Unequal Housing Choices and the Residential Segregation in Urban China

Saturday, July 19, 2014: 8:56 AM
Room: 311+312
Oral Presentation
Pu HAO , David C. Lam Institute for East-West Studies, Hong Kong Baptist University, Hong Kong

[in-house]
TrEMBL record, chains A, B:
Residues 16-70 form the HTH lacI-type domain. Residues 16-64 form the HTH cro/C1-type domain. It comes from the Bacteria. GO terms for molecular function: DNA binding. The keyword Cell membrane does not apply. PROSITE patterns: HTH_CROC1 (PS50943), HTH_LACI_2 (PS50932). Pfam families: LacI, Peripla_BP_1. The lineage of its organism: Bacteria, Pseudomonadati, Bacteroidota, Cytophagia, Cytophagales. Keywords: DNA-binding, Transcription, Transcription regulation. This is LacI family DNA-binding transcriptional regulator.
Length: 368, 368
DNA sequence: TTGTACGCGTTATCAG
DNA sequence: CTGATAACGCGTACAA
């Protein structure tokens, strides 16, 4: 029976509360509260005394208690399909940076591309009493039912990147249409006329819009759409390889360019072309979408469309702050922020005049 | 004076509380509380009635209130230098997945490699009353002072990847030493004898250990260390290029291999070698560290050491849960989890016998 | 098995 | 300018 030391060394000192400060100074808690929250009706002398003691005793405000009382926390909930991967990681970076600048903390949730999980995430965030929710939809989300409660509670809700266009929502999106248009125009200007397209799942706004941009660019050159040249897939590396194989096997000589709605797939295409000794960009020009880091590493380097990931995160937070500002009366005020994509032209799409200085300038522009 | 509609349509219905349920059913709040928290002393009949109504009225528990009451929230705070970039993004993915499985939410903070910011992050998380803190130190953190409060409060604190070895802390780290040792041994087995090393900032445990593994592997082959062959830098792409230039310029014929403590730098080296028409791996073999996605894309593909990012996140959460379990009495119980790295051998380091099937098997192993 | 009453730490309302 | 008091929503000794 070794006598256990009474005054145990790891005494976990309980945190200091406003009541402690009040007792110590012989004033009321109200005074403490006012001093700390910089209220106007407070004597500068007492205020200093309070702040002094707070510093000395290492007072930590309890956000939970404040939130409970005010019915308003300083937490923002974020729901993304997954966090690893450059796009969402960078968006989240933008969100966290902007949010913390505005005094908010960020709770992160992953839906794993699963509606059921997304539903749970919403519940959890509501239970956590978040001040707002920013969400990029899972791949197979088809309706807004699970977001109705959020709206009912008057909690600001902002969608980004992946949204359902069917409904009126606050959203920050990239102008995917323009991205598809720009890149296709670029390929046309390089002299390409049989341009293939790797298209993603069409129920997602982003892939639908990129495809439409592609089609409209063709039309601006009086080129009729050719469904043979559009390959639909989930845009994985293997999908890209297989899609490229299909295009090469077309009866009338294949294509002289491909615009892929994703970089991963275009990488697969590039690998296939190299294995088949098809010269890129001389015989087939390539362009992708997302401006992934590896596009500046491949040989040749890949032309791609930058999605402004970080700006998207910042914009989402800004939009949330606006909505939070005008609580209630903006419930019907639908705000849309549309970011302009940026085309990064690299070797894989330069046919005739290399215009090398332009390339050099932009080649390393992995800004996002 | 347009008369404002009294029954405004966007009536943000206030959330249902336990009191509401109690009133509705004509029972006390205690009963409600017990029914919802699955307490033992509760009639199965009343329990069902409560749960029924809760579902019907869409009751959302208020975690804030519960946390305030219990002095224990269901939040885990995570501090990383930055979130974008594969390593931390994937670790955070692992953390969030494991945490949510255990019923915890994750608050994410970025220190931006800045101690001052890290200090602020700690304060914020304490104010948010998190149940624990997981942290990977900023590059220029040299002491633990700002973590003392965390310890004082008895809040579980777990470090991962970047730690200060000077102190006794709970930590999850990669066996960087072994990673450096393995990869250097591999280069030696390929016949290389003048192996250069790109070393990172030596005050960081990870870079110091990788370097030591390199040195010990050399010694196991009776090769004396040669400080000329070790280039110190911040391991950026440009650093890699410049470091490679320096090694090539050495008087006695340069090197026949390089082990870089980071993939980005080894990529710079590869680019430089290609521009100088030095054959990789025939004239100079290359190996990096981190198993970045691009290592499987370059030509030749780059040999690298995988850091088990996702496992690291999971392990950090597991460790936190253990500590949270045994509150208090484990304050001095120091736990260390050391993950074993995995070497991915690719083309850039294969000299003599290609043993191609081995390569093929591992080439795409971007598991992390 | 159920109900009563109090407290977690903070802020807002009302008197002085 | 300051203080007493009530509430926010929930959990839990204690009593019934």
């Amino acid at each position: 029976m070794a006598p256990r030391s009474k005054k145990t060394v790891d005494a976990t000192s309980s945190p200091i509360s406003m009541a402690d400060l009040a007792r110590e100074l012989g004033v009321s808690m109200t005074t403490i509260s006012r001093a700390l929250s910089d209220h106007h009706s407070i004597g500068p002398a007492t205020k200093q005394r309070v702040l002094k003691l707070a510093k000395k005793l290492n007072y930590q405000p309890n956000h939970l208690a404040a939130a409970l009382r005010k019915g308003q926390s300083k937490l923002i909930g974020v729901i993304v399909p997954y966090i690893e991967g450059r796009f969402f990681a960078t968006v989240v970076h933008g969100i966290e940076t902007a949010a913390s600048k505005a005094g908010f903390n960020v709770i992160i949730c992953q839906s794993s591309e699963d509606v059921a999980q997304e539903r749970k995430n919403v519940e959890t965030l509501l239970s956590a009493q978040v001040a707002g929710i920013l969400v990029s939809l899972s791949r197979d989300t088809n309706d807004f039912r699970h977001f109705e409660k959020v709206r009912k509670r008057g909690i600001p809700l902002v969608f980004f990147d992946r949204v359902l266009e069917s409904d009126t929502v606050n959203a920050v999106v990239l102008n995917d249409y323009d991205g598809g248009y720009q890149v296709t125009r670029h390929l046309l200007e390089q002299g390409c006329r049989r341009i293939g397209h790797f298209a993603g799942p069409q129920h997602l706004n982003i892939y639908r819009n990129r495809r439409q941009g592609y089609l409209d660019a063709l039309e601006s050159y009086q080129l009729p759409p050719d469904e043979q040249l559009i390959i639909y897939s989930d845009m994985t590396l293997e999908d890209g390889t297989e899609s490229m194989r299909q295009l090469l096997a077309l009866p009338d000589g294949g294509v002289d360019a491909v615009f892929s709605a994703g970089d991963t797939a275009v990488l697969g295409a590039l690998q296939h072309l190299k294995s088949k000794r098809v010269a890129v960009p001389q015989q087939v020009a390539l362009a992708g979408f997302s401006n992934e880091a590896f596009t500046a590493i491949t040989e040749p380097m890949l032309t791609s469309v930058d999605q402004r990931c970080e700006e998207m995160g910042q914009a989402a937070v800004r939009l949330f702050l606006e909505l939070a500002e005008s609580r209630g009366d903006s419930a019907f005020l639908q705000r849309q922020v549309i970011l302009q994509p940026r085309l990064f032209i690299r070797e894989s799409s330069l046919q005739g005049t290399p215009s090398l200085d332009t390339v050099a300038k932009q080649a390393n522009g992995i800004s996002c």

The growth and transformation of cities in China continue to absorb migrants from both ends of the economic spectrum, giving rise to socially mixed cities. Concurrent is the elevated level of residential segregation owing to new forms of enclave urbanism such as gated communities and urban villages. Factors including historical legacy, land institution and property-led development have contributed to a divided residential pattern at the neighbourhood level, but the divisions are not necessarily as significant at larger spatial units. This paper, by analysing the distribution of both urban population and housing provision in Shenzhen, explicitly unravels the spatial logic of the divided pattern of the population. As expected, migrants and local hukou holders are largely segregated by different housing choices; however, due to the relatively even distribution of a vast amount of migrant enclaves, at the sub-district level a rather low degree of segregation is manifest. This residential pattern is salutary as it maintains a spatially equitable setting which enables deprived groups to reside within short catchment areas of jobs and amenities. Nevertheless, urban renewal programmes that target at urban villages and old neighbourhoods are likely to jeopardise the somewhat reasonable composition and distribution of housing choices, aggravating segregation on a large spatial scale.